Katherine Hull wins Canadian Women's Open
Katherine Hull won her first LPGA tournament on Sunday, fending off Hall of Famer Se Ri Pak to claim the Canadian Women's Open by one stroke at Ottawa's Hunt and Golf Club.
"I just tried to play the best I could," Hull said. "I honestly did not expect to win at all."
Hull, from Australia, finished 3-under par 69 in the final round and 11-under 277 for the tournament, winning $337,500 US.
Her previous best as a pro came at the 2005 Canadian Open, when she was second to champion Meena Lee at Glen Arbour in Halifax.
"This is something we all dream about as kids and to have it actually happen is amazing," Hull said. "I was thinking this might be the year I broke through."
"But that is how golf goes. It is four rounds, 72 holes and anything can happen."
Pak, who has 24 career wins, pocketed $205,481 US to become the fifth player in LPGA history to earn at least $10-million US in her career.
The South Korean started poorly with bogeys on the fourth and fifth holes and a four-putt on the sixth before battling back to even-par with birdies on three of the next four holes and No. 18.
"I just tried to forget about it," Pak said. "There was lots of golf left and it was too early to give up."
Hull capitalized on a colossal collapse by rookie pro Yani Tseng of Chinese Taipei, who led Pak by four strokes and Hull by six heading into the final round.
"You don't expect it, but there is always that possibility," Hull said. "I'm sure the lead group felt more pressure than I did.
"But when you tee it up, you don't know what will happen. You cannot control how anyone else is playing."
Tseng, winner of the LPGA Championship in June, fell out of contention with four bogeys on the front nine and a double bogey on the 11th hole.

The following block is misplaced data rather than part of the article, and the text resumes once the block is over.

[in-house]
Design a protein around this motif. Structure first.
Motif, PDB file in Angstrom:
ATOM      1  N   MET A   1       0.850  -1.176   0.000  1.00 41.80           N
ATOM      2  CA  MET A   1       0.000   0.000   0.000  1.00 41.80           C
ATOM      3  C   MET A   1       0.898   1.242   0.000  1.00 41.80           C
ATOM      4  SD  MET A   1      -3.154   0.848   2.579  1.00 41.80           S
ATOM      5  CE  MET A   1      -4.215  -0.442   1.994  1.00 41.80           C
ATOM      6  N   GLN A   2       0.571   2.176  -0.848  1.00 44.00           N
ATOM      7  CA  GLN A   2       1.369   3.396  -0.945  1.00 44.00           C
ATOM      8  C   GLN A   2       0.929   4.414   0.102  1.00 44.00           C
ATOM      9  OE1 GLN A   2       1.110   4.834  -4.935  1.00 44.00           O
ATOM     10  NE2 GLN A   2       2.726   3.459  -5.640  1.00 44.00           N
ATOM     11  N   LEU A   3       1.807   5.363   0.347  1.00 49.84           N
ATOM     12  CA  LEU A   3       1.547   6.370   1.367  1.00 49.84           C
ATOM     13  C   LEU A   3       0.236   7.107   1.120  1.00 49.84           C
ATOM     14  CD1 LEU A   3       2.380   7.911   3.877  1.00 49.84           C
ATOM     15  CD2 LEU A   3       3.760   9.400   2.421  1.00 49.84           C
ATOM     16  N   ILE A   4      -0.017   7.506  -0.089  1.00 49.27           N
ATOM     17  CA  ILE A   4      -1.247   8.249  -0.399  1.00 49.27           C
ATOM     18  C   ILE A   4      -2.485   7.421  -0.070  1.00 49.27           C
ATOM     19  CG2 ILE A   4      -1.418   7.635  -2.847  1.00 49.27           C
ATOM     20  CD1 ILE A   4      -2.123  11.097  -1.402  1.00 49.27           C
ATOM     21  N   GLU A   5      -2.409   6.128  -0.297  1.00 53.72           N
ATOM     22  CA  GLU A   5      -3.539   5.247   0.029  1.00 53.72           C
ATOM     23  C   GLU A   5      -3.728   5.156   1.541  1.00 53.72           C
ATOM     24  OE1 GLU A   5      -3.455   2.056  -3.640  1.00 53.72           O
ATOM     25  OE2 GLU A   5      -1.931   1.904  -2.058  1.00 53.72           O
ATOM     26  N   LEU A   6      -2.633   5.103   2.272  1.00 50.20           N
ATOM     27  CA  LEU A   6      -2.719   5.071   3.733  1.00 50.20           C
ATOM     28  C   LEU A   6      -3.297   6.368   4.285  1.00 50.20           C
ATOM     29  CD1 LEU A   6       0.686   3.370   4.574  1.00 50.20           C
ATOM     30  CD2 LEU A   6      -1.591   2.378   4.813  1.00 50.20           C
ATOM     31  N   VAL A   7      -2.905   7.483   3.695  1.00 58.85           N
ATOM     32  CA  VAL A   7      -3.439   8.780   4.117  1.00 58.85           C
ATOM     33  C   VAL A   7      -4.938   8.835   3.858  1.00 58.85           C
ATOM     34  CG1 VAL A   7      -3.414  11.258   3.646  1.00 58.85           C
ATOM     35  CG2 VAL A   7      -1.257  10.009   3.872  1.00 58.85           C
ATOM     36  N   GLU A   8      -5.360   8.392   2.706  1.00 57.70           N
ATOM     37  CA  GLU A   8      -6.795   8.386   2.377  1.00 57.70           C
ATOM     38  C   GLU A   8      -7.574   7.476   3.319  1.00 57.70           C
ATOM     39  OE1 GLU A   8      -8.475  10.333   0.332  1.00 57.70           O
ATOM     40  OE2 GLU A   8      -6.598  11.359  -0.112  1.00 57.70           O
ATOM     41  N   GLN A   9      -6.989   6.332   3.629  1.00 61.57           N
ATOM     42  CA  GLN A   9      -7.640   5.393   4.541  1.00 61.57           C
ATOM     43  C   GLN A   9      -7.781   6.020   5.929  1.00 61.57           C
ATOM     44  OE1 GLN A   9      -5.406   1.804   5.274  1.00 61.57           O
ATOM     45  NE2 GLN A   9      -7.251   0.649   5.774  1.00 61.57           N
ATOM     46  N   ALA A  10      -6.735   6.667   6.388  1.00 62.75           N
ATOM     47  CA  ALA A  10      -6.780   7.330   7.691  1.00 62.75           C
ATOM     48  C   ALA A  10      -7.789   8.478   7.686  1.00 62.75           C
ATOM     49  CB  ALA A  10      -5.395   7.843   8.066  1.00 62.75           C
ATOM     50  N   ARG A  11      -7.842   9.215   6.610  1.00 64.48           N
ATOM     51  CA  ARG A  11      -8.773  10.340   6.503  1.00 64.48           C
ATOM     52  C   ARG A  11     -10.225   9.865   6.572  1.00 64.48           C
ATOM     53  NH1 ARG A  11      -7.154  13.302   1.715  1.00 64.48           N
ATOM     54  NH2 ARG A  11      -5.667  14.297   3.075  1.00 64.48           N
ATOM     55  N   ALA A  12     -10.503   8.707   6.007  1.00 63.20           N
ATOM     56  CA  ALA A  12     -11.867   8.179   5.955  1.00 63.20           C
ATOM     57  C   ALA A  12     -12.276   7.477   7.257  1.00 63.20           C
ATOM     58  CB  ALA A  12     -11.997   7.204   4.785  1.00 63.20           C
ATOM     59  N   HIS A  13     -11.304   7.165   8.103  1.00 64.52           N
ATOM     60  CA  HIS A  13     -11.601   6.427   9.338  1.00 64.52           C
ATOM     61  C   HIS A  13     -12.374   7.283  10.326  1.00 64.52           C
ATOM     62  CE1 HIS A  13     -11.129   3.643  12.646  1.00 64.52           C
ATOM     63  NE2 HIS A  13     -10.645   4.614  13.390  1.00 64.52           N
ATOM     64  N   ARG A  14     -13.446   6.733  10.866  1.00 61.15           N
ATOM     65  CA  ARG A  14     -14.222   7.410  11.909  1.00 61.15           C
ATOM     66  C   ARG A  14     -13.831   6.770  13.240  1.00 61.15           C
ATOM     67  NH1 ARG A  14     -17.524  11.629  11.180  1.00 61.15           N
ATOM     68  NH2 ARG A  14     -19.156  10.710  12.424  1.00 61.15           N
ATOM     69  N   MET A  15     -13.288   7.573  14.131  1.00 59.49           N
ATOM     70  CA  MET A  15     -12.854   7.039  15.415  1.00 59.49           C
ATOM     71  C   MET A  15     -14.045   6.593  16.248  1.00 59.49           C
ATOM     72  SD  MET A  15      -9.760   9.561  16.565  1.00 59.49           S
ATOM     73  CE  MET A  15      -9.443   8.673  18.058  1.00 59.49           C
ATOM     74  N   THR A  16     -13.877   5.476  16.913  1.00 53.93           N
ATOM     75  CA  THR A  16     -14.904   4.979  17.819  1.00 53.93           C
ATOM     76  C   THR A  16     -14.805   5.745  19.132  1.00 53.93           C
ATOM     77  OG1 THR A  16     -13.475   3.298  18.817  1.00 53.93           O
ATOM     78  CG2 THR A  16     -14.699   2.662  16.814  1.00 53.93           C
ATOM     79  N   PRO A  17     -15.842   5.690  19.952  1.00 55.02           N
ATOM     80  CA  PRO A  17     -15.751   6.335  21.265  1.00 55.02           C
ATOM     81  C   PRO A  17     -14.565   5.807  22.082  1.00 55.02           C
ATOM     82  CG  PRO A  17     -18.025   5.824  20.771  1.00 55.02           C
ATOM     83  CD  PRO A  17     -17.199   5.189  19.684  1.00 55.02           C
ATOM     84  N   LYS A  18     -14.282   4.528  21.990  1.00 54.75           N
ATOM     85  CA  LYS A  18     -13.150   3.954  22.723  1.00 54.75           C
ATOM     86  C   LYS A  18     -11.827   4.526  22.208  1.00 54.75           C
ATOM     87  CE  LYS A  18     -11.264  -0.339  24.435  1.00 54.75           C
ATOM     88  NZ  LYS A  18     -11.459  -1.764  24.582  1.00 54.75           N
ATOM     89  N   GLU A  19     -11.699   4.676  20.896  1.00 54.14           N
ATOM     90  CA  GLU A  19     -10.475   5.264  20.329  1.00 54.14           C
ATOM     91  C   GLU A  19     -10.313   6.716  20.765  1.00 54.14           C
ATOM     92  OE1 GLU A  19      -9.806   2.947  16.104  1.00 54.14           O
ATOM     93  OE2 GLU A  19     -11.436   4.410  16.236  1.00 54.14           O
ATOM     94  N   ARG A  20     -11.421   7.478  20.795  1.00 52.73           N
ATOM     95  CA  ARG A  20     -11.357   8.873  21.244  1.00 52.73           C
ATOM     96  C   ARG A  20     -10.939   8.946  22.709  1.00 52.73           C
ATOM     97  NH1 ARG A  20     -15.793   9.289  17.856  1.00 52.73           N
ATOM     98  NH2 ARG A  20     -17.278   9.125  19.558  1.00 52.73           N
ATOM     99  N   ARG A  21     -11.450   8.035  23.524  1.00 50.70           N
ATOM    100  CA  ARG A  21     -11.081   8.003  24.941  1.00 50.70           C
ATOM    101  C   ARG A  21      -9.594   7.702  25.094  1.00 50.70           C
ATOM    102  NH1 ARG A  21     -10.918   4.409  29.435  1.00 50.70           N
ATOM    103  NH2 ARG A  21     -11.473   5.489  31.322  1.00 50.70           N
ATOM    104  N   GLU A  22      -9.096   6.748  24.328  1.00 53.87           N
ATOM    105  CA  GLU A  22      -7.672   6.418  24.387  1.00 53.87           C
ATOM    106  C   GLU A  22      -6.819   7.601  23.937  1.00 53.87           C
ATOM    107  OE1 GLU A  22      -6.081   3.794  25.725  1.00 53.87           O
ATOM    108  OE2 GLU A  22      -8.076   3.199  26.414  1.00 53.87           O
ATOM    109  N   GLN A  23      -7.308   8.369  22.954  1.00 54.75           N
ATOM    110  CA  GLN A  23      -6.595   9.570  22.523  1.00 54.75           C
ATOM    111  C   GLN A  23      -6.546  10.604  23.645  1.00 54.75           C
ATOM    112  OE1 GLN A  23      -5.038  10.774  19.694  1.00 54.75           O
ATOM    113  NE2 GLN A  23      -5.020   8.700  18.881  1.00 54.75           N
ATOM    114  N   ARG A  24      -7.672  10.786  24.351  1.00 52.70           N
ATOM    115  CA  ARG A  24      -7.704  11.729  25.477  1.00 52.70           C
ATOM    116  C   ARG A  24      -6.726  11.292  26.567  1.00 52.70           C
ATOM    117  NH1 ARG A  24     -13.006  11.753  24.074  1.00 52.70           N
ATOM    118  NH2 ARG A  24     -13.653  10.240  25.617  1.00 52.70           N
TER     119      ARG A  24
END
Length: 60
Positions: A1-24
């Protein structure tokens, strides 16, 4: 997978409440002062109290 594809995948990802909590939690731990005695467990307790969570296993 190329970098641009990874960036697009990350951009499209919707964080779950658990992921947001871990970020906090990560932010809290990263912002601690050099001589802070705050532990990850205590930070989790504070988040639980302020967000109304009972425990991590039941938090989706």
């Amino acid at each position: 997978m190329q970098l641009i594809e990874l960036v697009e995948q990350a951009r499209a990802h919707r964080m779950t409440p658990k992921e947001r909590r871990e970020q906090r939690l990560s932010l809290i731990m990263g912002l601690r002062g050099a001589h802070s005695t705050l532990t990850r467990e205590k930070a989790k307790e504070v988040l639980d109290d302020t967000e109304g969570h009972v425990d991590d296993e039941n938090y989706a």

The 19-year-old settled for a 5-over 77, plunging to 9-under and third-place overall — giving her one major title, four seconds and a third in her first year on the LPGA Tour.
"That will happen, not only to her," Pak said. "It has happened to me and whoever.
"In golf, there are no guarantees … she played well."
Kane is top Canadian
Charlottetown's Lorie Kane (72) was the top Canadian in the tournament at 4-over 292.
"Nothing would make me happier or prouder than to win the Canadian Open," she said. "And Priddis [in Calgary] next year, that golf course sets my eye already."
Alena Sharp of Hamilton, Ont., (75) trailed Kane by one shot, Samantha Richdale of Kelowna, B.C., (75) was 6-over and Jennifer Greggain of Chilliwack, B.C., (81) was 15-over.
Defending champion Lorena Ochoa of Mexico, the world's top-ranked golfer, fired a 73 to share fourth overall with Sun Young Yoo (69) and Song-Hee Kim (70) at 7-under.
Eighteen-year-old Michelle Wie tied for 12th at 3-under in the last of her six LPGA Tour exemptions.
The Stanford student has yet to confirm whether she will try to earn her LPGA Tour card at Q-school.
"I feel like I gained a lot of confidence in myself again this year," Wie said. "Being pain-free in the latter part of the year, I started feeling confident.
"From May on, it was getting better and better. Now in the off-season, I know what to work on for next year."
Hall of Famer Annika Sorenstam, who will retire at season's end, carded 74 in the final round and finished tied for 21st at 2-over.
With files from the Canadian Press